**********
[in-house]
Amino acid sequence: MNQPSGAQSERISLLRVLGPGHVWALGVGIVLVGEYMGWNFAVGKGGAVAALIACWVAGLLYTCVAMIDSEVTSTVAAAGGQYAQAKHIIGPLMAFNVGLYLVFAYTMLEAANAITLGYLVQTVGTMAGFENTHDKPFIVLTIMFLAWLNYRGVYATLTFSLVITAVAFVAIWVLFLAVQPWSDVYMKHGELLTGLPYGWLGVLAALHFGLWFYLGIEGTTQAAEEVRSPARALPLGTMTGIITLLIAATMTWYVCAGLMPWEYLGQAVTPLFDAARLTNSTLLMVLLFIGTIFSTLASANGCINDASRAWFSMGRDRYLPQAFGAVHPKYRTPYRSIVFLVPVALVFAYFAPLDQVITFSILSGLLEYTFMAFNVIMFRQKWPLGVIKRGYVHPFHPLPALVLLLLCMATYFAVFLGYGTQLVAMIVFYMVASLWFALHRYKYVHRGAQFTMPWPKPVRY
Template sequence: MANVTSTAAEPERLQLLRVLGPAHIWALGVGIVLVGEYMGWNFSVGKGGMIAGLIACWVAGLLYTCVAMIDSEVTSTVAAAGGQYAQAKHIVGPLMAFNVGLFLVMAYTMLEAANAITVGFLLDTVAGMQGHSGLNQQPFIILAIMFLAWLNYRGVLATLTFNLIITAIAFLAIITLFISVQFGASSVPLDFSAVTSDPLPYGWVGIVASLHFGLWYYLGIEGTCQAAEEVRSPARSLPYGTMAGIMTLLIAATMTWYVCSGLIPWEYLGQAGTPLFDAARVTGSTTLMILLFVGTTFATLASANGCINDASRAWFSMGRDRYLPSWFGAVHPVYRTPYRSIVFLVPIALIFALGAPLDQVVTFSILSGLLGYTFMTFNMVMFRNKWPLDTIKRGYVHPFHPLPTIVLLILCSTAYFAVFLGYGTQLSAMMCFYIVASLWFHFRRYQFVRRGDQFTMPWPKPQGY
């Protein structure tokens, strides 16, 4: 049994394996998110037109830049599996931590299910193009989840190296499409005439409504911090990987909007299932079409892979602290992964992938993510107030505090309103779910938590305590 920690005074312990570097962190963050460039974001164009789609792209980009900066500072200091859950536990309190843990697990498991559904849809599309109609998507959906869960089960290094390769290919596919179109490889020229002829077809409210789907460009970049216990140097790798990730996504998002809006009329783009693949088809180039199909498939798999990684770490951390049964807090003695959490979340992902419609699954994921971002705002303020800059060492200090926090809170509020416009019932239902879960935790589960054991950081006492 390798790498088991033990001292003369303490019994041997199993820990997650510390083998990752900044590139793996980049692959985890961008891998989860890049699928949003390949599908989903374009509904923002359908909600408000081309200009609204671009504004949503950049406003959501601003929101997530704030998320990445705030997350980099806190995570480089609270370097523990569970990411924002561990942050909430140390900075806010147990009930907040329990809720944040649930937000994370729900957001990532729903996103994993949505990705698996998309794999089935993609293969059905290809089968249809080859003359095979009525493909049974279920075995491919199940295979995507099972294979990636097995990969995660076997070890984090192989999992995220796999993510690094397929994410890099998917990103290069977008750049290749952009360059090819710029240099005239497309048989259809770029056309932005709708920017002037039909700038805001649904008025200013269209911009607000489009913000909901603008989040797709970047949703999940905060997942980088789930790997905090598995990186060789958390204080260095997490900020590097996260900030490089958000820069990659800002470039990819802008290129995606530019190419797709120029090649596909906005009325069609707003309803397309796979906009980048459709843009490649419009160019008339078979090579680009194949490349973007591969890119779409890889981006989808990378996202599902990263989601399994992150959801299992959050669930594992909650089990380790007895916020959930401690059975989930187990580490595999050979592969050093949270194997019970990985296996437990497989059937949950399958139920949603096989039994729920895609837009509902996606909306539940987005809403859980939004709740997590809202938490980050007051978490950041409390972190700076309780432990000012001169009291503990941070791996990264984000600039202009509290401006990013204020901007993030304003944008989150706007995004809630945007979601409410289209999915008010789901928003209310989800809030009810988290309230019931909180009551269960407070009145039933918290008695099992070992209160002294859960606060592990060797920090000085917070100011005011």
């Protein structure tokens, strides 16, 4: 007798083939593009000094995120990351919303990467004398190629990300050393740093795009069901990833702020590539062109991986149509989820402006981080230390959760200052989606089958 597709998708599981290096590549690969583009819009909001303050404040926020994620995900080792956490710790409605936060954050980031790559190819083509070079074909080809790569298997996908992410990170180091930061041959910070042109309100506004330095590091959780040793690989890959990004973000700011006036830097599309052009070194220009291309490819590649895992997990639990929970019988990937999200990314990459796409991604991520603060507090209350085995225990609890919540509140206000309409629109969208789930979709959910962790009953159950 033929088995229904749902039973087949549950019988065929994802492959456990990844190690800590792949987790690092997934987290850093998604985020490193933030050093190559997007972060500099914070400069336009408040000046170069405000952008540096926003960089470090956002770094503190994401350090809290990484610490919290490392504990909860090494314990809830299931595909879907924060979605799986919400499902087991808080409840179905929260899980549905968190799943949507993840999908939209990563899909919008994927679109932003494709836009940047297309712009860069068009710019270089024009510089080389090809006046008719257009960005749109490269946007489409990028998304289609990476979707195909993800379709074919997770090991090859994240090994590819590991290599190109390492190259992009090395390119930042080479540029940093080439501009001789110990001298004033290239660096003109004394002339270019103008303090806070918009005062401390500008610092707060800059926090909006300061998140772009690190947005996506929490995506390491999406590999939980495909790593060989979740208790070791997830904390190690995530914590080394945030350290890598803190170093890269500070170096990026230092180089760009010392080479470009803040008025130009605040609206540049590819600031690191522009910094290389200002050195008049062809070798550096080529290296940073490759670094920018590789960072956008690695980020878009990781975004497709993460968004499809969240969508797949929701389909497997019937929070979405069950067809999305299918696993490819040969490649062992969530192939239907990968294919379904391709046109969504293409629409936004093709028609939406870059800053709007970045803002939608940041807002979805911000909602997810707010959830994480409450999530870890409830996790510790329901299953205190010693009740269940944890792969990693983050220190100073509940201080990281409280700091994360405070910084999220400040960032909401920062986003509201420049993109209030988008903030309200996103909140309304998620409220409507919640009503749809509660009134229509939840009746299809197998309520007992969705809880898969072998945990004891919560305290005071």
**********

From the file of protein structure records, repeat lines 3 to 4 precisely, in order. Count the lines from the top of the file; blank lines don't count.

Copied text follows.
Template sequence: MANVTSTAAEPERLQLLRVLGPAHIWALGVGIVLVGEYMGWNFSVGKGGMIAGLIACWVAGLLYTCVAMIDSEVTSTVAAAGGQYAQAKHIVGPLMAFNVGLFLVMAYTMLEAANAITVGFLLDTVAGMQGHSGLNQQPFIILAIMFLAWLNYRGVLATLTFNLIITAIAFLAIITLFISVQFGASSVPLDFSAVTSDPLPYGWVGIVASLHFGLWYYLGIEGTCQAAEEVRSPARSLPYGTMAGIMTLLIAATMTWYVCSGLIPWEYLGQAGTPLFDAARVTGSTTLMILLFVGTTFATLASANGCINDASRAWFSMGRDRYLPSWFGAVHPVYRTPYRSIVFLVPIALIFALGAPLDQVVTFSILSGLLGYTFMTFNMVMFRNKWPLDTIKRGYVHPFHPLPTIVLLILCSTAYFAVFLGYGTQLSAMMCFYIVASLWFHFRRYQFVRRGDQFTMPWPKPQGY
């Protein structure tokens, strides 16, 4: 049994394996998110037109830049599996931590299910193009989840190296499409005439409504911090990987909007299932079409892979602290992964992938993510107030505090309103779910938590305590 920690005074312990570097962190963050460039974001164009789609792209980009900066500072200091859950536990309190843990697990498991559904849809599309109609998507959906869960089960290094390769290919596919179109490889020229002829077809409210789907460009970049216990140097790798990730996504998002809006009329783009693949088809180039199909498939798999990684770490951390049964807090003695959490979340992902419609699954994921971002705002303020800059060492200090926090809170509020416009019932239902879960935790589960054991950081006492 390798790498088991033990001292003369303490019994041997199993820990997650510390083998990752900044590139793996980049692959985890961008891998989860890049699928949003390949599908989903374009509904923002359908909600408000081309200009609204671009504004949503950049406003959501601003929101997530704030998320990445705030997350980099806190995570480089609270370097523990569970990411924002561990942050909430140390900075806010147990009930907040329990809720944040649930937000994370729900957001990532729903996103994993949505990705698996998309794999089935993609293969059905290809089968249809080859003359095979009525493909049974279920075995491919199940295979995507099972294979990636097995990969995660076997070890984090192989999992995220796999993510690094397929994410890099998917990103290069977008750049290749952009360059090819710029240099005239497309048989259809770029056309932005709708920017002037039909700038805001649904008025200013269209911009607000489009913000909901603008989040797709970047949703999940905060997942980088789930790997905090598995990186060789958390204080260095997490900020590097996260900030490089958000820069990659800002470039990819802008290129995606530019190419797709120029090649596909906005009325069609707003309803397309796979906009980048459709843009490649419009160019008339078979090579680009194949490349973007591969890119779409890889981006989808990378996202599902990263989601399994992150959801299992959050669930594992909650089990380790007895916020959930401690059975989930187990580490595999050979592969050093949270194997019970990985296996437990497989059937949950399958139920949603096989039994729920895609837009509902996606909306539940987005809403859980939004709740997590809202938490980050007051978490950041409390972190700076309780432990000012001169009291503990941070791996990264984000600039202009509290401006990013204020901007993030304003944008989150706007995004809630945007979601409410289209999915008010789901928003209310989800809030009810988290309230019931909180009551269960407070009145039933918290008695099992070992209160002294859960606060592990060797920090000085917070100011005011």